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Columnist Margaret Bullitt-Jonas: Harvey reinforces urgency of climate-change crisis

  • Fredi Ochoa removes wood from a home damaged by floodwaters in the aftermath of Hurricane Harvey on Saturday in Houston.  AP PHOTO

  • Flooded cars sit alongside a road in the aftermath of Hurricane Harvey, in Port Arthur, Texas, on Saturday. AP PHOTO

  • Michael Brown walks outside his flooded home, as he searches for belongings, in the aftermath of Tropical Storm Harvey, in Port Arthur, Texas, on Saturday.  AP PHOTO

  • Customs and Border Patrol boats look through a neighborhood which was flooded when the Barker Reservoir reached capacity in the aftermath of Hurricane Harvey on Saturday in Katy, Texas. AP PHOTO

  • Joshua Miller, 12, helps remove carpet damaged by floodwaters inside his father's church, Messiah Mission Fellowship, in the aftermath of Hurricane Harvey on Saturday in Houston.  AP PHOTO

  • Workers pick up debris in a staircase of a four-story hotel exposed when the wall fell during Hurricane Harvey on Saturday in Rockport, Texas. AP PHOTO



Tuesday, September 05, 2017

Like many Americans, I have been gripped by news of the disaster as it unfolded along our nation’s Gulf Coast.

As torrential rains bore down on Texas and Louisiana and the floods swelled, people struggled to survive and to rescue family members, neighbors, and pets. Stories of tragedy and terror, courage and loss unfolded: trapped in his car, an elderly man was rescued from rising waters by a human chain; swept away in the flood, a mother, carrying her toddler on her back, was found dead, floating face down, and the 3-year-old girl, still clinging to her mother, was pulled to safety.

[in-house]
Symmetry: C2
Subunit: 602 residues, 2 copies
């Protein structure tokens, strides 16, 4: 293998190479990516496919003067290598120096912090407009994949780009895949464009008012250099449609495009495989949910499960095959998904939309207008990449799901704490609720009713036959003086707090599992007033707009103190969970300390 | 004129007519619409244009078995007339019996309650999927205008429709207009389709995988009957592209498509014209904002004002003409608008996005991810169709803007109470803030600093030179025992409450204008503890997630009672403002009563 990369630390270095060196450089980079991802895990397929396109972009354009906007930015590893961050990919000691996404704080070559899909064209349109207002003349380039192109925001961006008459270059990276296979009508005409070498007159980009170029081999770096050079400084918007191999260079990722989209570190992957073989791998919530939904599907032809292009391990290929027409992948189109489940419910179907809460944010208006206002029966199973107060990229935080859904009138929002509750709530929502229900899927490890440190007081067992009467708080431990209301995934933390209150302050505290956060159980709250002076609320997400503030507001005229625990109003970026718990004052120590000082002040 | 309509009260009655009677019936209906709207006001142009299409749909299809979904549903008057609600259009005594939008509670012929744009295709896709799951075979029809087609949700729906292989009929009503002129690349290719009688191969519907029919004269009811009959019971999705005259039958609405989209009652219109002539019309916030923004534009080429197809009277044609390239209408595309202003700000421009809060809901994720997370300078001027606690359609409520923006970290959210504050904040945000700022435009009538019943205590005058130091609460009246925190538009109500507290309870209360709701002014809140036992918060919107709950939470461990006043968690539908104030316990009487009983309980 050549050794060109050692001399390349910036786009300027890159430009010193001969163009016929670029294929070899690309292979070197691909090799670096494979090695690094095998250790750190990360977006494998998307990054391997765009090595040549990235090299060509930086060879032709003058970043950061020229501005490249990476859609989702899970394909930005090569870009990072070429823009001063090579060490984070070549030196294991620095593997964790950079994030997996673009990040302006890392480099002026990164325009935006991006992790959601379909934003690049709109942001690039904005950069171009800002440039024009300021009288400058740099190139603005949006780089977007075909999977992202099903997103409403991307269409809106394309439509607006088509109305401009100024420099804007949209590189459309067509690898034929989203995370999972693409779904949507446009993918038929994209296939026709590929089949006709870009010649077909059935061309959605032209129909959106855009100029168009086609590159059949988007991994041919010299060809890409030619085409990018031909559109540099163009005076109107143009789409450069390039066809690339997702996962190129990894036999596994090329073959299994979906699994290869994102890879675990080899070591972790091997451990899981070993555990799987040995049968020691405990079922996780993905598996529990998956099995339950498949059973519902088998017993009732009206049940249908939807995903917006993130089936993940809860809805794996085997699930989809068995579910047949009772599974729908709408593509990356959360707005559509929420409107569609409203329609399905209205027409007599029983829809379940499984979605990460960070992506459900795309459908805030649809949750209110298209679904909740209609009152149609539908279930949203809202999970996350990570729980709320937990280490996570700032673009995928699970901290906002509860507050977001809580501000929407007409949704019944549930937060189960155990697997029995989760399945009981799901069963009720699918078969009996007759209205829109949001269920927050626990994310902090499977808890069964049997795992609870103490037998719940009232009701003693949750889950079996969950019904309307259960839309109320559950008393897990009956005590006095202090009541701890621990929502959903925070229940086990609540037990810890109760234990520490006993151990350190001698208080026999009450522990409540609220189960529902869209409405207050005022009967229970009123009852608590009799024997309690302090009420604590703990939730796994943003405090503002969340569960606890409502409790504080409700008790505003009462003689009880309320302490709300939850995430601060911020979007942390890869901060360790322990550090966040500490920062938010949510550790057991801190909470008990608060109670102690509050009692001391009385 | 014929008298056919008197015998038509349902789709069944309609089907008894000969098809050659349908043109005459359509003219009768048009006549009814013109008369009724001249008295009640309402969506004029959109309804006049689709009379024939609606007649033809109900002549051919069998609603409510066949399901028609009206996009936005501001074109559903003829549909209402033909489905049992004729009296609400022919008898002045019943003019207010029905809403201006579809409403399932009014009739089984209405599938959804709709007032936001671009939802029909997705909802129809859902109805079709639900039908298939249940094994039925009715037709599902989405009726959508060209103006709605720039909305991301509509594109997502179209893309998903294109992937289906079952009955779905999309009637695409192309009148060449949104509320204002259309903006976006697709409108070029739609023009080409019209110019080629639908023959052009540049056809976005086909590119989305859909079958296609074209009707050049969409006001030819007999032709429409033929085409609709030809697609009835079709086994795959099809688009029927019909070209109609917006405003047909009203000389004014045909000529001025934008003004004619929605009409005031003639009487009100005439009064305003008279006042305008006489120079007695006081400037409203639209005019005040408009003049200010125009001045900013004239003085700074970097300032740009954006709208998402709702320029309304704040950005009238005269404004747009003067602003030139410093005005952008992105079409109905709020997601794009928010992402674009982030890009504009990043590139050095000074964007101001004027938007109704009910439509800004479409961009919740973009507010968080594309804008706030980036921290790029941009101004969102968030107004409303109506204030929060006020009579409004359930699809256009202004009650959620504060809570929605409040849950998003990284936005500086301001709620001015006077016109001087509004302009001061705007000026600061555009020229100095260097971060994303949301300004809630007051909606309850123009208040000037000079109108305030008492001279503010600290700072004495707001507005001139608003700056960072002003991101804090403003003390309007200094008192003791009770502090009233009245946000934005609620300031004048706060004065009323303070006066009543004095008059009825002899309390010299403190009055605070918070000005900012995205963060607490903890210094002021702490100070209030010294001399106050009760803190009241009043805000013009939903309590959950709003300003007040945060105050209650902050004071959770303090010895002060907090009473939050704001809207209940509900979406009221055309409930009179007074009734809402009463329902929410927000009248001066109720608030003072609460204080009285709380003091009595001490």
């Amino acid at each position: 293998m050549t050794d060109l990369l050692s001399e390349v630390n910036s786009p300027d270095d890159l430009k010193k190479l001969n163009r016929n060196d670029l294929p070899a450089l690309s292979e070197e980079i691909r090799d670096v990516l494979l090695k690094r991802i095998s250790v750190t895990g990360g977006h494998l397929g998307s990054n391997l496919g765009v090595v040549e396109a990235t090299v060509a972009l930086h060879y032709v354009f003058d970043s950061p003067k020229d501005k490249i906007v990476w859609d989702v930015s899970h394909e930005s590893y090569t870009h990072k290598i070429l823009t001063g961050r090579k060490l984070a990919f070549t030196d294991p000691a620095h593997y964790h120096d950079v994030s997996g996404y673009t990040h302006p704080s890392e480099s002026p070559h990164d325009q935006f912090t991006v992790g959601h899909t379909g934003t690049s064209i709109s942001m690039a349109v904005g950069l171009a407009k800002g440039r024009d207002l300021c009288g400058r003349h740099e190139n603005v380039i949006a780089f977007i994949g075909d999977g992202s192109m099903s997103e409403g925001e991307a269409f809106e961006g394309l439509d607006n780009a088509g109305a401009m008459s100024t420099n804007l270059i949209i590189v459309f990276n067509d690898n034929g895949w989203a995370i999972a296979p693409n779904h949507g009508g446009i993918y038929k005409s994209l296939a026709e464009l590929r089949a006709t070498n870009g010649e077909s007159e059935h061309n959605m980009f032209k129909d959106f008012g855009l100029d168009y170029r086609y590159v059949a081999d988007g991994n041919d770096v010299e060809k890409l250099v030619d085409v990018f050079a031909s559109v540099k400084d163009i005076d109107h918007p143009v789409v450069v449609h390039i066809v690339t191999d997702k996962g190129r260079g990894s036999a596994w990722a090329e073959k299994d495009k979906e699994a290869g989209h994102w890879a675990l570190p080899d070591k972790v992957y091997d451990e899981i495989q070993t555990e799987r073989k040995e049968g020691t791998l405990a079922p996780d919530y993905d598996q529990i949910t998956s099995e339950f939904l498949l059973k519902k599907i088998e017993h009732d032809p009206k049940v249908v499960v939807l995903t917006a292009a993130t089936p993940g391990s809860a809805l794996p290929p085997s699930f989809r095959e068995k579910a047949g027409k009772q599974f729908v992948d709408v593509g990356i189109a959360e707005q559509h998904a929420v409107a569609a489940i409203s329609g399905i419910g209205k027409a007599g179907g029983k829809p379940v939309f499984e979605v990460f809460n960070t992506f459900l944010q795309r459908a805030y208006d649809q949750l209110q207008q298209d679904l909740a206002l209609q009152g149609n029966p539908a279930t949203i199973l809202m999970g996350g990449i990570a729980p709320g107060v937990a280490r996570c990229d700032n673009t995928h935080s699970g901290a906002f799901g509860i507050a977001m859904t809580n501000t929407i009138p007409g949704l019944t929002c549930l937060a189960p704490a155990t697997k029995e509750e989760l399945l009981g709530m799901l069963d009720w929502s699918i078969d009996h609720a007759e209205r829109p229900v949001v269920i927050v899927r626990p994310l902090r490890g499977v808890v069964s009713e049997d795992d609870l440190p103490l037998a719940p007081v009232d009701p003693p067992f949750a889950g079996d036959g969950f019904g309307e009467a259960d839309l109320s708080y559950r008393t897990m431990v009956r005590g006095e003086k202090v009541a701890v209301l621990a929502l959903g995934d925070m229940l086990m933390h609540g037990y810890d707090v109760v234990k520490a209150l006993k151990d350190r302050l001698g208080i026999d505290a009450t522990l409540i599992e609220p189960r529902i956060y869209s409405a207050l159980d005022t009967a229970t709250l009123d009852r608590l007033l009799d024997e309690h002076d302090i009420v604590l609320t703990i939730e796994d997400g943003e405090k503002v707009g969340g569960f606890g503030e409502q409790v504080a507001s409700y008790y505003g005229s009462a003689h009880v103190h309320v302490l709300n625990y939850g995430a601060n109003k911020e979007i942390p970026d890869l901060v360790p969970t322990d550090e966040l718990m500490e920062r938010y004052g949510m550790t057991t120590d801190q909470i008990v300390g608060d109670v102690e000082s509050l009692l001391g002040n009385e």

Stories like these pull us into prayer — grief for those who perished, anguish for those in harm’s way, gratitude for the people saving everyone they can, and a rising tide of anger and resolve. We will not stand idly by as people drown and are dislocated in extreme storms like these.

Part of a faithful response is concrete and immediate: if we live nearby and have a boat or clothes to spare, we can offer what we have. Wherever we live, if we have money to spare, we can donate to a disaster relief organization, including faith-rooted groups such as Episcopal Relief and Development and Church World Service.

Another part of a faithful response is to take a good, long look at what led to this catastrophe. Did climate change intensify the storm? The answer, say leading climate scientists, is yes.

Oceans absorb some of the excess heat trapped in the air by burning fossil fuels. Unusually warm waters in the Gulf of Mexico fed the tropical storm, which took only about 48 hours to intensify from a tropical depression to a Category 4 hurricane. What might have been a run-of-the-mill hurricane turned into a monster storm.

As Kevin Trenberth, a senior scientist at the U.S. National Center for Atmospheric Research, tells The Atlantic, “It may have been a strong storm, and it may have caused a lot of problems anyway—but (human-caused climate change) amplifies the damage considerably.”

Climate scientist Michael E. Mann of Pennsylvania State University likewise confirms the connections between climate change and Harvey’s destructive power. He writes, “It’s a fact: climate change made Hurricane Harvey more deadly.” And while climate change did not “cause” Harvey, “Harvey was almost certainly more intense than it would have been in the absence of human-caused warming, which means stronger winds, more wind damage and a larger storm surge.”